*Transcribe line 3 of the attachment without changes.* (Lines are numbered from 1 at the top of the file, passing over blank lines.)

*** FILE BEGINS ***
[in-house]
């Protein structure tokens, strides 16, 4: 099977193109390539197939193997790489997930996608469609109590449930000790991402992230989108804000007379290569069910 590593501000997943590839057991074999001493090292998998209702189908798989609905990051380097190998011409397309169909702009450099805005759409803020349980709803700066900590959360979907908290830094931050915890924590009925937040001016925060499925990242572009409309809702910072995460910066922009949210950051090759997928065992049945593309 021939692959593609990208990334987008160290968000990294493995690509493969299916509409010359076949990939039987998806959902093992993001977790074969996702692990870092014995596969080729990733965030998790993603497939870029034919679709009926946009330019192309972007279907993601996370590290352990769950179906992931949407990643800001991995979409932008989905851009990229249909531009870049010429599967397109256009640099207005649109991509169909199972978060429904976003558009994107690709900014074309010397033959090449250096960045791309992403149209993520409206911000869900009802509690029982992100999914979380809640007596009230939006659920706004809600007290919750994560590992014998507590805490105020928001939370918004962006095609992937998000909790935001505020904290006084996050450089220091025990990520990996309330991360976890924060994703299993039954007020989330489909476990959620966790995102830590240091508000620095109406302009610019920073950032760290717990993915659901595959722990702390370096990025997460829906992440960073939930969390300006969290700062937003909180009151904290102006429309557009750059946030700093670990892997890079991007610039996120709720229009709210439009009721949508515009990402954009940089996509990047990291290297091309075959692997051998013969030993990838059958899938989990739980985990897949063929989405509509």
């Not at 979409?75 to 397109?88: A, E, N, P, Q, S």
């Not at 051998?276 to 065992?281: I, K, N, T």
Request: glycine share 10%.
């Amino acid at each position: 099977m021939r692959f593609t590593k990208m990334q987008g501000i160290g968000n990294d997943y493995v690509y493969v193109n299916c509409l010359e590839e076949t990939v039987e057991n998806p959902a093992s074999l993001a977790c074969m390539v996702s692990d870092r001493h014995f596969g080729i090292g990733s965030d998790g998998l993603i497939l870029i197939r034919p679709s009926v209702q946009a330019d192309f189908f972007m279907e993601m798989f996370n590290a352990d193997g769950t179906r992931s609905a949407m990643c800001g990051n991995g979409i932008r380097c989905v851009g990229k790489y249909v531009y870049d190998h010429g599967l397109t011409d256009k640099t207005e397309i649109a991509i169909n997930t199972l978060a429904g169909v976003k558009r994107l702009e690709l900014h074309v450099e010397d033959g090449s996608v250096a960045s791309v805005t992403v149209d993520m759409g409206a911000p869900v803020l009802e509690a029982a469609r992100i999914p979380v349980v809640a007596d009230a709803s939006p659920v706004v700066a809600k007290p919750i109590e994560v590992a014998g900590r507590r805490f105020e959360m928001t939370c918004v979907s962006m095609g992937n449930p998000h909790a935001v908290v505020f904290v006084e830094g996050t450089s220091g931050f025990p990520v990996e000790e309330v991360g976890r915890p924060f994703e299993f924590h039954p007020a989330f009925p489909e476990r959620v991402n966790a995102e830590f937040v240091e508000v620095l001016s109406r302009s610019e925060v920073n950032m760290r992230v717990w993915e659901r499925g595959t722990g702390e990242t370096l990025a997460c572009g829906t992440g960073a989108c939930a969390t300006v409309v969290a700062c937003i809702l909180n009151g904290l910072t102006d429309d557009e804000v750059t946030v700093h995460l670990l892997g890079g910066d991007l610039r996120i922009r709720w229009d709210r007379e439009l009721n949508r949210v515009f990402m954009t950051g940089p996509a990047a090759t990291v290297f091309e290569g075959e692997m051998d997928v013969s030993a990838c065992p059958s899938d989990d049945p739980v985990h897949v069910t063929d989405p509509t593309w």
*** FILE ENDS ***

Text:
């Not at 979409?75 to 397109?88: A, E, N, P, Q, S």